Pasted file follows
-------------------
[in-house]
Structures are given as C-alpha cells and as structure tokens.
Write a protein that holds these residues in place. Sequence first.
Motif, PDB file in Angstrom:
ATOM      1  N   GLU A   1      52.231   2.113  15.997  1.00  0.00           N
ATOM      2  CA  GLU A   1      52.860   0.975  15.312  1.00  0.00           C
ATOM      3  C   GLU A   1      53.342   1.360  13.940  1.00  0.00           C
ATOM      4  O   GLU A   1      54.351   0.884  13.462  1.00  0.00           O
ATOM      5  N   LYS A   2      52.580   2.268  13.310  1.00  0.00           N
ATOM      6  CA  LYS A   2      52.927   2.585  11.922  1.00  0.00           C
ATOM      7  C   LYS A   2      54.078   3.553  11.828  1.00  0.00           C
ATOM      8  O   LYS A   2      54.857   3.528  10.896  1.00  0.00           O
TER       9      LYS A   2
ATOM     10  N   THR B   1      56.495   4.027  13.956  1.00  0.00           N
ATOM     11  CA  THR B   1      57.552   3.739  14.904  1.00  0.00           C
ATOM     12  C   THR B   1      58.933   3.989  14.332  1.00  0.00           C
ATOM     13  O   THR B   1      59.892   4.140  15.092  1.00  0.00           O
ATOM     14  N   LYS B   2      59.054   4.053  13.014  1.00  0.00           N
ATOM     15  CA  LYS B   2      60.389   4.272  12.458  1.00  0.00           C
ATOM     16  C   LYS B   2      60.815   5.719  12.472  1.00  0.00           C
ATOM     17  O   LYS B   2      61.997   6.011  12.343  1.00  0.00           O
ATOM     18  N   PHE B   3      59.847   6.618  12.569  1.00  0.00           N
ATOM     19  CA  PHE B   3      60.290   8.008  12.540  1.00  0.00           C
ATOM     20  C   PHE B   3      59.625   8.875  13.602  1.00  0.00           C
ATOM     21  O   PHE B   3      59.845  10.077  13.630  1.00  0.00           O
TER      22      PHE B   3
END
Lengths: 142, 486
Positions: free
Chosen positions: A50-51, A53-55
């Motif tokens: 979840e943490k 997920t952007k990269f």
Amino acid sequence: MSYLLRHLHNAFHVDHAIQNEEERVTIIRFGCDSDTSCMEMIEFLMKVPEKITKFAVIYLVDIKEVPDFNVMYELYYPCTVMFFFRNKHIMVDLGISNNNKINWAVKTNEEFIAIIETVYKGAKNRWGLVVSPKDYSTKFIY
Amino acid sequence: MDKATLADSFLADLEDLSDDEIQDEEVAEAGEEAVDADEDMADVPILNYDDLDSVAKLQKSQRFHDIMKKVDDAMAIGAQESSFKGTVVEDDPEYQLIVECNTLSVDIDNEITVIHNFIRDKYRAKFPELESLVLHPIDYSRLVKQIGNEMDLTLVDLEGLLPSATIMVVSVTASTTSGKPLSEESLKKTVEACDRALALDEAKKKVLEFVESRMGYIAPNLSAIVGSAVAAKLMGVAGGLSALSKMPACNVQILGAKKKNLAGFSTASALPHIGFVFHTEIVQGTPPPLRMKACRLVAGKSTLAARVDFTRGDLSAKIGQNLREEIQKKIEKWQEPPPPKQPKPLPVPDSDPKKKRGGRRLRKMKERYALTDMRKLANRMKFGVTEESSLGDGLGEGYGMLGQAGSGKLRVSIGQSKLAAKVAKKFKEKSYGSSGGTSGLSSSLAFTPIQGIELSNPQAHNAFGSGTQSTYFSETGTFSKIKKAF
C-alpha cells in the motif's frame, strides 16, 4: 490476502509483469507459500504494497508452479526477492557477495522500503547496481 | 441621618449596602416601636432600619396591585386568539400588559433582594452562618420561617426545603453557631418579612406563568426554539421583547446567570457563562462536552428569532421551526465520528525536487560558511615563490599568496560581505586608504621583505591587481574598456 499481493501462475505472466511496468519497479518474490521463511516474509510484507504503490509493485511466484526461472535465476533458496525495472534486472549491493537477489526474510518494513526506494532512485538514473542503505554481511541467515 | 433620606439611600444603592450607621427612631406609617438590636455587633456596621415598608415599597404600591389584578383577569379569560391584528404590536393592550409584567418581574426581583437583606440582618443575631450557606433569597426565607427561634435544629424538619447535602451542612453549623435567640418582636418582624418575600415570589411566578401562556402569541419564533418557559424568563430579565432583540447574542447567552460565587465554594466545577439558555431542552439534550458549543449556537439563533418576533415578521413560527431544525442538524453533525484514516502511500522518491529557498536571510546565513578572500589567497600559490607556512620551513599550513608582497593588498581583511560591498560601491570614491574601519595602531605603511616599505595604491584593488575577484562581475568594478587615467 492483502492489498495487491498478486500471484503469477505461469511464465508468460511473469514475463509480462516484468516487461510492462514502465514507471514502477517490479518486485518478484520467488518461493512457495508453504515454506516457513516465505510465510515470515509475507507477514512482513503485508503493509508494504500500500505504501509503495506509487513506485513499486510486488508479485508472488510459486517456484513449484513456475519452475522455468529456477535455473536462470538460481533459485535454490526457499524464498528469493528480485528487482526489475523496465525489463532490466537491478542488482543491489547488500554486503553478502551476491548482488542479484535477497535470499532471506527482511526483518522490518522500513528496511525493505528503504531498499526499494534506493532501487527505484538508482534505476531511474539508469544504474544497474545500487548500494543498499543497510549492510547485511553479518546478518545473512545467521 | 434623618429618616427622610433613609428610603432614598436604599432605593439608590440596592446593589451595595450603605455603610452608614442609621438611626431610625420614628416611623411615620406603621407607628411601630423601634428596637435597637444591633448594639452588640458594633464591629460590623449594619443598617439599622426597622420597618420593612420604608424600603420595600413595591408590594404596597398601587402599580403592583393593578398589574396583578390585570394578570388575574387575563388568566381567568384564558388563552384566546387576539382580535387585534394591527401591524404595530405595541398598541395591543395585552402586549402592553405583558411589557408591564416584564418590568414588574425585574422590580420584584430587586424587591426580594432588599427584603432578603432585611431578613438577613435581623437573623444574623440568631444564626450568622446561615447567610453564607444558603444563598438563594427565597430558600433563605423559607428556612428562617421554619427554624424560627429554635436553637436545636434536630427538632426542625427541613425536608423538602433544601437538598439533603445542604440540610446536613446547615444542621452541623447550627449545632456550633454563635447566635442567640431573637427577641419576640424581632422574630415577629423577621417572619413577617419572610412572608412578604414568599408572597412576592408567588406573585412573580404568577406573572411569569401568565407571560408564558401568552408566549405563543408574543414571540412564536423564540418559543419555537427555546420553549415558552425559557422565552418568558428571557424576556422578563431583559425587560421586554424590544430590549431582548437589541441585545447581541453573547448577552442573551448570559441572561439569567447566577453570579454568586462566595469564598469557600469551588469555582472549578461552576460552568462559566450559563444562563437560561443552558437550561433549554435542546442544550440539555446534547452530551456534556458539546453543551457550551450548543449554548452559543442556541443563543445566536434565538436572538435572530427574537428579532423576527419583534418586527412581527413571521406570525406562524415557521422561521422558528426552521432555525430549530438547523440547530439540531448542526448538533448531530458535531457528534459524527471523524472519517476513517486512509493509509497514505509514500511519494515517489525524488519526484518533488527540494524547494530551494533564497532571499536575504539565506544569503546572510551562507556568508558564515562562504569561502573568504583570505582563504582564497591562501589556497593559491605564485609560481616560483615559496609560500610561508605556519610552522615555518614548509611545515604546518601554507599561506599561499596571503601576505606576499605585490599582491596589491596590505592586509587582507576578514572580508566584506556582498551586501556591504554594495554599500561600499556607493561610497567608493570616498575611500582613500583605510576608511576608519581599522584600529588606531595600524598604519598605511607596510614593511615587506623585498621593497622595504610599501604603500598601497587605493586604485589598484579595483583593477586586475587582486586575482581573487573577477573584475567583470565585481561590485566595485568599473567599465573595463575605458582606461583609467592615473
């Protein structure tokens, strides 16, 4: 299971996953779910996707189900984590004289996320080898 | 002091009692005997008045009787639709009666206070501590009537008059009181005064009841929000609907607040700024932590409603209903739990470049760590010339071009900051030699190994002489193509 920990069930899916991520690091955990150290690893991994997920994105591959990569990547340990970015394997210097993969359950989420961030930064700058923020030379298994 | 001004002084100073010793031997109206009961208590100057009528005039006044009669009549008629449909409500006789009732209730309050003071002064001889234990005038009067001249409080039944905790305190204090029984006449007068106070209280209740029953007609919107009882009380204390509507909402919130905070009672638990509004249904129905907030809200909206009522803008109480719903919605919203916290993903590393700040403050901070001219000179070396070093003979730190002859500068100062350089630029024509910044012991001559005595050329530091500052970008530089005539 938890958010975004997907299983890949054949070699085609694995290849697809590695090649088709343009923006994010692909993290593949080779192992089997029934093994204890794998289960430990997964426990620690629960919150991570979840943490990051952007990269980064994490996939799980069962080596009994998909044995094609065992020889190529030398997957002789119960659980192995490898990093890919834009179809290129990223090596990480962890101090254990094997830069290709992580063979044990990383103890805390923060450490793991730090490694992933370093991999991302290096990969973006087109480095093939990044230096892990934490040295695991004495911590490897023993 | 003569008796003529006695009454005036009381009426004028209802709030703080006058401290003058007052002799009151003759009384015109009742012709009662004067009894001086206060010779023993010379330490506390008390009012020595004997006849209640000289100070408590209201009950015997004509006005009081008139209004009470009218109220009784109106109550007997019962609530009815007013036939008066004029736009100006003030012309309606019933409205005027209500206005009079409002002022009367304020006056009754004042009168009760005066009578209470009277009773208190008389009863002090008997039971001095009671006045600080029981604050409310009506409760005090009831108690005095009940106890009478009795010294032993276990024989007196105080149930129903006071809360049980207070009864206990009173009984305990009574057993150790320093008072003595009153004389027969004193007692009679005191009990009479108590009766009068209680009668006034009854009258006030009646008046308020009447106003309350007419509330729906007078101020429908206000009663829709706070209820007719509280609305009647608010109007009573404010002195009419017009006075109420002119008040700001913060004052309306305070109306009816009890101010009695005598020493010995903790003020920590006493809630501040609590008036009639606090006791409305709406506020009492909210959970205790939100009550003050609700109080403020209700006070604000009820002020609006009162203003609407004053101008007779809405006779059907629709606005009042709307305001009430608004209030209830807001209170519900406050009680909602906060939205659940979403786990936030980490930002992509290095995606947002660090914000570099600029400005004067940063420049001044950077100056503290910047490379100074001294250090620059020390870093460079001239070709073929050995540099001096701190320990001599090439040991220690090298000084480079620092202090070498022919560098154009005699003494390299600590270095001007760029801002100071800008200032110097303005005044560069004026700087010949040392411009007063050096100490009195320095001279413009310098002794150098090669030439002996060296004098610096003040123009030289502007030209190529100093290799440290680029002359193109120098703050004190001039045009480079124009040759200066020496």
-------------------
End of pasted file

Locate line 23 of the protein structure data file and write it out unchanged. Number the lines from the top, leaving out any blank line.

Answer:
ATOM     19  CA  PHE B   3      60.290   8.008  12.540  1.00  0.00           C